Finally, after watching the third episode of And Just Like That, the continuation of the Sex and the City story, I allowed myself to exhale. For the first two episodes, the show had a frantic, anxious energy, like a roller-skater windmilling their arms to keep their balance. It was damp with sweat from the effort of trying to justify itself, of introducing new characters, of reminding us why we liked the old characters in the first place.
By episode three, though, the show reached a cruising altitude. We’re still sans Carrie’s iconic (and I would argue underrated) voiceover, and sans-Samantha, but we were reunited with the easy rhythm to which longtime fans of the original show have grown accustomed. Much like the old days, new plot lines and beaus-to-be are being telegraphed with the subtlety of air traffic control, just how I like it.
But there’s something troubling me in the fairy tale version of New York, far more vexing than Anthony’s “hot guys delivering sourdough” business or the brewing “Miranda is an alcoholic” plot line. I’m talking, of course, of Brady.
Brady Hobbes, the son of Miranda and Steve the bartender, was introduced in the original Sex and the City show as a persnickety red-headed toddler who became the impetus for Miranda’s move to Brooklyn. Now, more than a decade later, Brady is a teenager. And he’s the absolute worst.
If Samantha were here she would say something like *Samantha voice,* “Honey, what you’re describing isn’t Brady crossing the line. He’s f*cking the line.”
I’m not trying to be funny. Brady Hobbes is actually the worst. To be clear: I don’t mean the actor, Niall Cunningham, who is doing just fine with the material he has been given. My grievance is with Brady Hobbes, the character who has appeared in all three episodes of And Just Like That, and the fact that he has only one personality trait: that he is so horny that he is constantly having an objectively disrespectful amount of sex with his girlfriend, Luisa (Cree Cicchino).
While consensual sex isn’t something that should be shamed or guilted, Brady has crossed the line. (This is why I wish Samantha was in this new series, because if Samantha were here she would say something like, *Samantha voice* “Honey, what you’re describing isn’t Brady crossing the line. He’s f*cking the line.”)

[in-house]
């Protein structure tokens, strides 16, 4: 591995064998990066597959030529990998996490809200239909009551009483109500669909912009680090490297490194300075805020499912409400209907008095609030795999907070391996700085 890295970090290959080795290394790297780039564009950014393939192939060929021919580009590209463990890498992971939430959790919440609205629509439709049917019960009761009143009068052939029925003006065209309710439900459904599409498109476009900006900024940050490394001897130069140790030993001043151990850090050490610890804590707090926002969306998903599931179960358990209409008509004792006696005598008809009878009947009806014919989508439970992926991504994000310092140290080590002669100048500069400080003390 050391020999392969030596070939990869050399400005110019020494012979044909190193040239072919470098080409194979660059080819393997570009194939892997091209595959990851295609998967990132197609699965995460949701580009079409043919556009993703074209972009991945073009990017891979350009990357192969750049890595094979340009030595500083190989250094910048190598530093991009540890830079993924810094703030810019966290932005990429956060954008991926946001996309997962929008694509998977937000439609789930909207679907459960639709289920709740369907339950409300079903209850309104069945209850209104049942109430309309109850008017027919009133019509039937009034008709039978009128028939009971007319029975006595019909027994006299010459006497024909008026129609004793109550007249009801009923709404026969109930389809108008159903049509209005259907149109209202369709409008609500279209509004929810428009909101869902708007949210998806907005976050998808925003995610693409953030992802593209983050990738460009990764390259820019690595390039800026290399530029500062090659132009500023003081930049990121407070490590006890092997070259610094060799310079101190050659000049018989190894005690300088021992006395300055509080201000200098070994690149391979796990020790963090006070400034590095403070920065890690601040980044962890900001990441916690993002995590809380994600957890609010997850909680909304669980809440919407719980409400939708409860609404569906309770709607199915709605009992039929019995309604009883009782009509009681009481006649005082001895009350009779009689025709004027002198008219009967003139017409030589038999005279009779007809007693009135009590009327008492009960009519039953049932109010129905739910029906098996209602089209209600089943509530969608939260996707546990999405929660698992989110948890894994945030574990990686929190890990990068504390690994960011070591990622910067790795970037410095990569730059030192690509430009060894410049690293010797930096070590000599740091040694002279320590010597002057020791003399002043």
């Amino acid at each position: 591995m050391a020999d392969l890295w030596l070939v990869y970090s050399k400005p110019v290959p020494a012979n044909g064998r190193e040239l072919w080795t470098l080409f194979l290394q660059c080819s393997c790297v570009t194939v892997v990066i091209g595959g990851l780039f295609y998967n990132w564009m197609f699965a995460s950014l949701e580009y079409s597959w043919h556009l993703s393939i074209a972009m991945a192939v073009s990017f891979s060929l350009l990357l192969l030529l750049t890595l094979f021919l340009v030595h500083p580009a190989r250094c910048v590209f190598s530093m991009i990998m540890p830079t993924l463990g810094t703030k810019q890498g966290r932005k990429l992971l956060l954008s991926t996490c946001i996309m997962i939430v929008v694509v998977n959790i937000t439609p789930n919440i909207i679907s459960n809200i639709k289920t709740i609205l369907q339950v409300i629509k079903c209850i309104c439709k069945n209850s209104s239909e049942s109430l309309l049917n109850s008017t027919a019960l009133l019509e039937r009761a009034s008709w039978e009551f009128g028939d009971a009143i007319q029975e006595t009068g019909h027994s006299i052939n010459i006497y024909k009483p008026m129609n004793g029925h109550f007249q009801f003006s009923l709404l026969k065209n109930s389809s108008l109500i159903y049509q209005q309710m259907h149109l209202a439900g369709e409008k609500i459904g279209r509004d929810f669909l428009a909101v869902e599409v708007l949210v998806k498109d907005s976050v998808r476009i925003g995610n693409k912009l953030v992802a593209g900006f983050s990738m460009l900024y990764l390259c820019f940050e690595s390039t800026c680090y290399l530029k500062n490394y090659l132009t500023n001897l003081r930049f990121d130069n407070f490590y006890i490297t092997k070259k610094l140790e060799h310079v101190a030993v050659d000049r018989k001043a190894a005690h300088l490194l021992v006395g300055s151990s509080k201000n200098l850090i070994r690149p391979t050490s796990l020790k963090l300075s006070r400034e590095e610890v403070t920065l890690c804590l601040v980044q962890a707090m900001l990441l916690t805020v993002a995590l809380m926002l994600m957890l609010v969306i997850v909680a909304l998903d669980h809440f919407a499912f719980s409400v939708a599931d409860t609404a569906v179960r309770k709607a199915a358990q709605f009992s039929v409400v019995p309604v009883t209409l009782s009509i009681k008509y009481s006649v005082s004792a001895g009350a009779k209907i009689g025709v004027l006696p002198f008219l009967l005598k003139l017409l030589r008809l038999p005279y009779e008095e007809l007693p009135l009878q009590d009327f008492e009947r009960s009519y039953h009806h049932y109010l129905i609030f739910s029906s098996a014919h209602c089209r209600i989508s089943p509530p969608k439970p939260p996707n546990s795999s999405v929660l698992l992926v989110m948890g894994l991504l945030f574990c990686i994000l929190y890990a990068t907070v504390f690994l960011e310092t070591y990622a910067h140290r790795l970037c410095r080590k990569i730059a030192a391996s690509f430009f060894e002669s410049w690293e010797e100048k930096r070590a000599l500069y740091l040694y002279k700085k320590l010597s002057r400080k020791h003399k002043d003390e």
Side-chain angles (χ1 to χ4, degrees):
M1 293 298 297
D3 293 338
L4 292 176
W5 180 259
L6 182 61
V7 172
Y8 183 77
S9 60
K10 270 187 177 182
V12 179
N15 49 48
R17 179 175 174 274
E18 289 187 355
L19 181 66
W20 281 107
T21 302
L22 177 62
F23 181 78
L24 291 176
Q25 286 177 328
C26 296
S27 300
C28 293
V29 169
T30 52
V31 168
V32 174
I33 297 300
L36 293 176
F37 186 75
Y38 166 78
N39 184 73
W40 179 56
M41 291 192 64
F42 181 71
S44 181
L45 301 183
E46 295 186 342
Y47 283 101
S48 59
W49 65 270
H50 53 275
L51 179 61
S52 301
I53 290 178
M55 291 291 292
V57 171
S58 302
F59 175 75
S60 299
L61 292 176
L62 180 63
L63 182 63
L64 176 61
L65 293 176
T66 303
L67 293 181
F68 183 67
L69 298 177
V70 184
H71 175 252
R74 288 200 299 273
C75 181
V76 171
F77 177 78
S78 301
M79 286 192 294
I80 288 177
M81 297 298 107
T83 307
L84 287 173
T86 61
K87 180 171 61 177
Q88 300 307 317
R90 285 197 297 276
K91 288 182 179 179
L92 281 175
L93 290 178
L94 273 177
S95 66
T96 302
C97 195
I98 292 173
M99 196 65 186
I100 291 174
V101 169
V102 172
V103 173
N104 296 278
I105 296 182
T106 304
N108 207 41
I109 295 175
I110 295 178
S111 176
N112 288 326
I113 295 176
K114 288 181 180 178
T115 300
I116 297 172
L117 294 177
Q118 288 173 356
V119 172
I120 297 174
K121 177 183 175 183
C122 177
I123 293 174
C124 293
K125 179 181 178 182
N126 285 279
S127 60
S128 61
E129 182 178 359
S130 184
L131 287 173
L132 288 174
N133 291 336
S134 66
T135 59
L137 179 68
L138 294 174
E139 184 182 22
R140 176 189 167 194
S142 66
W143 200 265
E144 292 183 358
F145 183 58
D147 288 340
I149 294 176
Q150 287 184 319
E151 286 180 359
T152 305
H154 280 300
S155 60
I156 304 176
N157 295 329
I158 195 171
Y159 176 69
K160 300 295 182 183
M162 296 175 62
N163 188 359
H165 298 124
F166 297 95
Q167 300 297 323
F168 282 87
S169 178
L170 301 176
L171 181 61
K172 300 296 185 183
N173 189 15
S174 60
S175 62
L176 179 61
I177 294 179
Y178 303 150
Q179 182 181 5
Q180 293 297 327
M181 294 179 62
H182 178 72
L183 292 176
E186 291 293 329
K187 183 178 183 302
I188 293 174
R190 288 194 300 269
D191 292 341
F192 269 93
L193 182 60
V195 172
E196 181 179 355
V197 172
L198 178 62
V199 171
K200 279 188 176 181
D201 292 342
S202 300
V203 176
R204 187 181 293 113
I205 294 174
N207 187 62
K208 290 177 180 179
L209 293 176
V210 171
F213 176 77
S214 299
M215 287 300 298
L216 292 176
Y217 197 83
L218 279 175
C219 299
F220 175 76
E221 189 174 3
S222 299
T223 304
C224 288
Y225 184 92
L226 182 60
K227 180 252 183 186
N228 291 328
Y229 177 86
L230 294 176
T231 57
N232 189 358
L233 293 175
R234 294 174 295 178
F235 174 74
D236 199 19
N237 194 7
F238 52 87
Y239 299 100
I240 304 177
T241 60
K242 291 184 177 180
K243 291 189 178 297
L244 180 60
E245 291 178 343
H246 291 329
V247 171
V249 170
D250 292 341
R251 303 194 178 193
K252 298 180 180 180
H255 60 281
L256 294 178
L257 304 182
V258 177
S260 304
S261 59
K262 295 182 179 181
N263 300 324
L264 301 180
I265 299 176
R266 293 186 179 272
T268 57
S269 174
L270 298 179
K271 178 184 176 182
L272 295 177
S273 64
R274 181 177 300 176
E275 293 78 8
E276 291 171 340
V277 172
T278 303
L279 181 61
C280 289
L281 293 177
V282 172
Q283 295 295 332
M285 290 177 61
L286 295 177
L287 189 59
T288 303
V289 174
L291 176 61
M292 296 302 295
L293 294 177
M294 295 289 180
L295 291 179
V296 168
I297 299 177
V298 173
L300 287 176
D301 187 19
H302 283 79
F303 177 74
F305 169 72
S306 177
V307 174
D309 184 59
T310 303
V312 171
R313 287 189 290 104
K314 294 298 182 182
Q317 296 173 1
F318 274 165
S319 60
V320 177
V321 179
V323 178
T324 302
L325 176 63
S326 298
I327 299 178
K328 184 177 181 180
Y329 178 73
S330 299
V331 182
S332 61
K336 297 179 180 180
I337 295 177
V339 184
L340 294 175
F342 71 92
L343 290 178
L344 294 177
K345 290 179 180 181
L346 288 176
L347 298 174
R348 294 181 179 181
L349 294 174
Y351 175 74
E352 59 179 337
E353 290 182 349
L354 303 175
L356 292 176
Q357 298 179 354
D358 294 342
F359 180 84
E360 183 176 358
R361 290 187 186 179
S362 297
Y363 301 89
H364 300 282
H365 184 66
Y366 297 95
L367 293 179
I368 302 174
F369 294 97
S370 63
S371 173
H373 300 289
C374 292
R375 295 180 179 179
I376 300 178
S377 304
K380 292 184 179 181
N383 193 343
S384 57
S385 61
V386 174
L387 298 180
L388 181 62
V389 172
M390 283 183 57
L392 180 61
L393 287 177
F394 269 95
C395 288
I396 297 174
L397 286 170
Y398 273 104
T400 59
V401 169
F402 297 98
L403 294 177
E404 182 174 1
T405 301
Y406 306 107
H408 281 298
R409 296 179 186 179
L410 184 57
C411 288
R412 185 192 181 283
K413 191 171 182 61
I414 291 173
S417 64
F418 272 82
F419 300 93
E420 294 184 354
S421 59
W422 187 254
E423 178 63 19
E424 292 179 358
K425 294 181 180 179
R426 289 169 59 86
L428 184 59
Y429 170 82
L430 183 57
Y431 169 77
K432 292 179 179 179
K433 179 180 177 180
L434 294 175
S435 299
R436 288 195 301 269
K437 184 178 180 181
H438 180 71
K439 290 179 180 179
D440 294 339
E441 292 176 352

This is a teenage boy, and he is living in a house with his two parents, and yet he seems to think it’s appropriate to have loud percussive penetrative intercourse next door to their bedroom. How does Brady — a teenager! — have the gall? If you’re a teen engaging in sexual behavior under your parents’ roof, at least have the decency to pretend to be subtle about it. He and his girlfriend aren’t just not subtle; they are showy. Last week, Brady’s girlfriend was out in the common area to get ice cream wearing just a t-shirt and underwear! With her boyfriend’s parents in the room!
Apparently, “grown up Brady is horny” has been a longtime goal for the creators of Sex and the City. Though Kim Cattrall’s refusal to participate meant that the third Sex and the City movie never happened, there was a script, and rumor had it that a subplot involved a 14-year-old Brady sending Samantha a dick pic.
Why must he be so horny!? And why are his parents so helpless to stop him?
Come on, Miranda. I know you’re having a not-so-subtle drinking problem this season, but let’s do a little parenting. I don’t want to have to keep seeing a tall, red-headed child sticking his tongue down a girl’s throat. I just want to find out if Charlotte will be able to handle using they/them pronouns in episodes to come.
I don’t want to have to keep seeing a tall, red-headed child sticking his tongue down a girl’s throat. I just want to find out if Charlotte will be able to handle using they/them pronouns in episodes to come.
In the series’ pilot episode, Brady and his girlfriend joined the group at a piano recital for Charlotte’s daughter (which in and of itself is a little weird — who goes to a piano recital for your mom’s friend’s kid?) The entire time, instead of doing what you’re supposed to be doing at a children’s music recital (clapping politely and praying for death), Brady spent the entire time making out with his girlfriend like they were in the back of a movie theater.
“Don’t sex shame me!” Brady whined when his parents deigned to comment that maybe his piano recital-adjacent hookup was getting to be a little much. This reboot’s attempt to acknowledge wokeness has been a little heavy handed, but even And Just Like That should know that that’s not what sex shaming is. We’re not saying Brady shouldn’t have sex, it’s just that he doesn’t need to always have sex, especially not within earshot of other people.
If Brady Hobbes is my least favorite character in And Just Like That, it’s only fair that I give you my favorite character — it’s Natasha (Bridget Moynahan), AKA the most glamorous woman I’ve ever seen. After finding out Big has left her money in his will, she returns to the series only to have to deal with Carrie’s bullshit all over again. Imagine finding your husband cheating on you with his ex, falling down the stairs and knocking out your teeth trying to catch her, and then years later still having to deal with her in your life? Natasha should take Big’s money with no apologies and buy a big, diamond-encrusted middle finger.
Alas, Natasha declines the money because she’s a woman who knows how to set boundaries. Now if only she could teach Miranda how to do the same with her terrible, terrible son.